If your question isn’t included here, please don’t hesitate to talk to us directly
"Is a Paralegal role a route to a training contract?"
Most firms deal with recruitment of Trainee Solicitors separately to their Paralegal recruitment.
When recruiting for Paralegal roles, firms will expect to interview candidates who wish to join them as Paralegals.
Assuming there are training contracts available, some firms may offer a percentage to their existing non-qualified employees (with the remainder to external applicants).
If an existing Paralegal is a strong performer, gets on well with everyone in the team and works well with clients when required, then there is a prospect of being interviewed alongside external applicants and other Paralegals. This is usually on this basis that the other application criteria (such as academics)are also met.
Paralegals will usually have to prove themselves for a minimum of 12 months before they would be eligible for consideration for a training contract.f your question isn’t included here, please don’t hesitate to talk to us directly.
"What salary can I expect as a Paralegal?"
Salary depends upon experience, region, discipline and the firm that you apply to but benchmarks can be found in our salary information http://www.bcllegal.com/pages/salary-surveys
"Can I apply for defendant Paralegal roles when I only have claimant experience - and vice versa?"
Yes. Firms are happy to take candidates from either background - providing they have experience within that particular area of law.
"Can I apply for family and crime Paralegal roles if I only have personal injury experience?"
Most firms will only wish to consider applications from candidates who have experience in the particular area of law that they are recruiting for.
For example, if there is a Paralegal vacancy within a family law practice, candidates without specific family experience will be competing against candidates who may have several years of Paralegal experience working in a family law practice. Consequently, applications will almost certainly be unsuccessful.
"Do I need litigation experience to become a Paralegal?"
No. Some Paralegal opportunities may be for non-contentious practice areas.
With respect to roles in contentious practice areas, even then it may not be a necessity. For instance, in some Paralegal positions the focus may be upon settling claims in advance of court proceedings.
There are, however, some roles which do require litigation experience.
BCL Legal will always be clear as to whether or not litigation experience is required.
"Will my experience working at the Citizens Advice Bureau support my application?"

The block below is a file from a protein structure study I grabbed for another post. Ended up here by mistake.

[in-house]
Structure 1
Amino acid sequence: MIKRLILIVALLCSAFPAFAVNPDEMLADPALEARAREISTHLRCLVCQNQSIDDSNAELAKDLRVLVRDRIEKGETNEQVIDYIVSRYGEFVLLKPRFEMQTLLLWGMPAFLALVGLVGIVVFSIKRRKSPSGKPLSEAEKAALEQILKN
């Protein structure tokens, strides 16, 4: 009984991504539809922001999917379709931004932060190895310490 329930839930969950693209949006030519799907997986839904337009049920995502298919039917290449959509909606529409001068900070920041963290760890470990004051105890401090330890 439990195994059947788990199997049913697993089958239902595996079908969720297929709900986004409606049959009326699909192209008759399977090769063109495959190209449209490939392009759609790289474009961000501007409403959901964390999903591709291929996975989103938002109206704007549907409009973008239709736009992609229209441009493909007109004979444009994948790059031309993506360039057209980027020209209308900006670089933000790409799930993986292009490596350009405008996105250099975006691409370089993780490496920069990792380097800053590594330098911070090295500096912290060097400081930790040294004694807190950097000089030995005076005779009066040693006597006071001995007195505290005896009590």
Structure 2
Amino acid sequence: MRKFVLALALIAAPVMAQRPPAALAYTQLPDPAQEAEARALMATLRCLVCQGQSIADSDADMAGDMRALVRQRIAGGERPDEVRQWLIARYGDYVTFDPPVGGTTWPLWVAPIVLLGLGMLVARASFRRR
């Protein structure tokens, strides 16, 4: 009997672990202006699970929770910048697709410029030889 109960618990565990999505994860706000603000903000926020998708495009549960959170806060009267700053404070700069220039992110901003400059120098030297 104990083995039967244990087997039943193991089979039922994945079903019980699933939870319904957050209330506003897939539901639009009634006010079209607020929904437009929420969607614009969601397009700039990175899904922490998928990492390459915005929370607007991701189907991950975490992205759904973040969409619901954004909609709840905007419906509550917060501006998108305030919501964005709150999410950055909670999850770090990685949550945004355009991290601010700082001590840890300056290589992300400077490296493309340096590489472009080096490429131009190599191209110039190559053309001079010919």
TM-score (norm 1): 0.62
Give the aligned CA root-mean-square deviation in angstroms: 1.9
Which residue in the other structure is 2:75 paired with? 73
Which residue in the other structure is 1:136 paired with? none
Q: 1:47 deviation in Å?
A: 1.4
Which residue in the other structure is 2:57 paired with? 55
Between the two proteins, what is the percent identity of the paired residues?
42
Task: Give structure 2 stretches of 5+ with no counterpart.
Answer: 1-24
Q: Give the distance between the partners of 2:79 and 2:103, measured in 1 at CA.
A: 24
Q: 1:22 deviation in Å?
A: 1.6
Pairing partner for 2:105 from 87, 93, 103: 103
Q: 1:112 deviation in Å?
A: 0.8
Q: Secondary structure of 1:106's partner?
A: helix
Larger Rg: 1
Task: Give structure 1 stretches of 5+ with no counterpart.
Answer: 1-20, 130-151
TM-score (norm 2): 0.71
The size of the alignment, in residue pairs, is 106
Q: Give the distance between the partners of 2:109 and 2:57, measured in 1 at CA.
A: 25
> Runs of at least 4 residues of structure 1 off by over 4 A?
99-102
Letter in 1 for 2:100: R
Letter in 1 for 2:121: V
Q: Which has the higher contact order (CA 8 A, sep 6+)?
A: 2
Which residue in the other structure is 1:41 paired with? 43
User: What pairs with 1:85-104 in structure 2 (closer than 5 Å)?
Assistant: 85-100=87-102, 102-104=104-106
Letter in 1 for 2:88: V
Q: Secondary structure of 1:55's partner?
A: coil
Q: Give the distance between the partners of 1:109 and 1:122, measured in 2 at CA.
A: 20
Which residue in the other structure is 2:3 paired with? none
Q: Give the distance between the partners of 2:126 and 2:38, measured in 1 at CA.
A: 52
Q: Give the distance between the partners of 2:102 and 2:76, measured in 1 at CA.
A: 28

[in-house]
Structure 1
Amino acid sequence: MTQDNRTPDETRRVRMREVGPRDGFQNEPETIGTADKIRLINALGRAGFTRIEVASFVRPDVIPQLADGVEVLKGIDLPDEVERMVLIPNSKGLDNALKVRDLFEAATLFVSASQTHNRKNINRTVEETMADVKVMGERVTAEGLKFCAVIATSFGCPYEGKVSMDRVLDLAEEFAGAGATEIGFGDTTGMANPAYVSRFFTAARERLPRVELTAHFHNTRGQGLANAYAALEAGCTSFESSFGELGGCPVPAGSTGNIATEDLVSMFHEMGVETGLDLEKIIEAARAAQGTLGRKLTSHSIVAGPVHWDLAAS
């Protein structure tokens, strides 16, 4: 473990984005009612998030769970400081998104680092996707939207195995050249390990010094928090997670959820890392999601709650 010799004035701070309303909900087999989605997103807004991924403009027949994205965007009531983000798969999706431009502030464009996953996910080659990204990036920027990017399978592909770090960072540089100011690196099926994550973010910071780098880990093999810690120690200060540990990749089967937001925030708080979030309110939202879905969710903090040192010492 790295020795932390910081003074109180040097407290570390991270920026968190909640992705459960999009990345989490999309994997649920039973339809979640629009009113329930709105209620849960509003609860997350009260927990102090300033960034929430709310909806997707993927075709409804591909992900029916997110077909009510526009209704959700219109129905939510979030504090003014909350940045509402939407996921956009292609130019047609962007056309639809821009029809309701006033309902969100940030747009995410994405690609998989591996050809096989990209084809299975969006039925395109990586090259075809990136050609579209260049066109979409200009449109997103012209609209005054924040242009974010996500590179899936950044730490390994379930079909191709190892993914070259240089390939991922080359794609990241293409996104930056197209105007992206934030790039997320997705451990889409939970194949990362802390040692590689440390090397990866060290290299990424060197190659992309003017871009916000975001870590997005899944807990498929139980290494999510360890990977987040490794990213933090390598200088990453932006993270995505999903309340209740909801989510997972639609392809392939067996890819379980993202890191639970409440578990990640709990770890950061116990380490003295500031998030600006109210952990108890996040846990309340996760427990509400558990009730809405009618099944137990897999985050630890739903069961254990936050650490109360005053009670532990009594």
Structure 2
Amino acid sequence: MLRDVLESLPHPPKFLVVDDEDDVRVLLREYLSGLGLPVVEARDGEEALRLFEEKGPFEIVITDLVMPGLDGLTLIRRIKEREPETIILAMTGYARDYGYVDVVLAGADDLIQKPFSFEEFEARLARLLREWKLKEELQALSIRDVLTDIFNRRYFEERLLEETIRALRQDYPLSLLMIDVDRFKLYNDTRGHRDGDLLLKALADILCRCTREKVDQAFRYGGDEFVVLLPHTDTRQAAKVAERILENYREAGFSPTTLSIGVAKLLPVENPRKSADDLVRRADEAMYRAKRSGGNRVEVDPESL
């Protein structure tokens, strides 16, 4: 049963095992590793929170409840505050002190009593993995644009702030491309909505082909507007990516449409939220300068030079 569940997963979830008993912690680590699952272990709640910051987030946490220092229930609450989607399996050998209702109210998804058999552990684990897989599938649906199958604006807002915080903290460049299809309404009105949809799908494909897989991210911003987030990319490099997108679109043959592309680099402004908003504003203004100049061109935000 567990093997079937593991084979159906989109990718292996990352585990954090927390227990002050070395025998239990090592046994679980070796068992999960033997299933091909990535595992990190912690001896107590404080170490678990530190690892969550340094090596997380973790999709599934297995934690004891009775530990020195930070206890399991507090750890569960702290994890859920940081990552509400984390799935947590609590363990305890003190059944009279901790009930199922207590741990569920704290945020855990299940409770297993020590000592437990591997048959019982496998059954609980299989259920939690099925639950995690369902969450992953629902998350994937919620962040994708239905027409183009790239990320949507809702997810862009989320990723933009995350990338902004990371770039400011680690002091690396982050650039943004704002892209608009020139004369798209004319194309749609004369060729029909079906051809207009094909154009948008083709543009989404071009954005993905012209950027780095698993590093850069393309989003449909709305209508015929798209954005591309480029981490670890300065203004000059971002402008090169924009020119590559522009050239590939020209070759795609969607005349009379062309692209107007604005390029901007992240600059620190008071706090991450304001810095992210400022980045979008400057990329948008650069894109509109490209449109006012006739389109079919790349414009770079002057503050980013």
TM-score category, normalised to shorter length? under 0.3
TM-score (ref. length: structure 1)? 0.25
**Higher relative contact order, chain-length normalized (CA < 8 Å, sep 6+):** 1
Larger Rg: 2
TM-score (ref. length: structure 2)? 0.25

Whilst it may represent useful life experience and demonstrate commitment, unfortunately, experience gained from volunteering at the CAB will ultimately not be determinative of the success of your application.
To be of value, work experience must be gained at:
- •a law firm
- •an insurance company
- •an accident management or claims company
- •an investigations company
- •the Police force
- •costs companies or draughtsmen
- •an in-house legal team
"Do I need to have done the LPC to work as a Paralegal?"
No. The Diploma in Legal Practice or other legal qualifications are not required for all roles.
However many law firms do prefer Paralegals to have undertaken the LPC, since it is perceived as providing candidates with useful transferable skills.
"What is the difference between a "Claims Handler", "Paralegal" and "Fee Earner?"
In practice, nothing. These terms are often interchangeable.
Most non-Solicitors or non-Trainee Solicitors who are required to handle or contribute to cases in legal teams are referred to as Paralegals.
Any role in a private practice law firm, in respect of which time is recorded for the purpose of billing a client, is often referred to as a Fee Earner. This generic name captures the roles of Partner, Associate, Solicitor, Trainee Solicitor, Legal Executive and Paralegal. Hence, fee earners may be legally qualified or not, as the case may be.
Roles involving the handling or management of claims - especially at the early stages of litigation or pre-litigation - sometimes fall to be managed by those in the role of Claims Handler.
What is a Legal Executive?
A Legal Executive is another form of qualified lawyer. The title of Legal Executive should only be used by Fellows of the Institute of Legal Executives (FILEX), who have completed one of the prescribed routes to qualification.
Since a Legal Executive is a qualified lawyer, regulated by a professional body, they have rights to partnership in law firms and to judicial appointment. The main difference between FILEXs and Solicitors is that the training to become a Legal Executive is narrower than the training route to become a Solicitor. This means that Legal Executives study to the same level as Solicitors in their chosen practice area. However, they study fewer subjects overall.
For more information please visit the CILEx Law School website.
"How do I register with BCL Legal?"
Following your initial contact, we will ask you to send us a copy of your CV so that we may register you.
Once we have received your CV , we will telephone you to discuss your aspirations.
Following this conversation, our administration team will contact you by your chosen email address, requesting various documents which we are legally obliged to obtain from you. Upon receipt, we'll register you fully.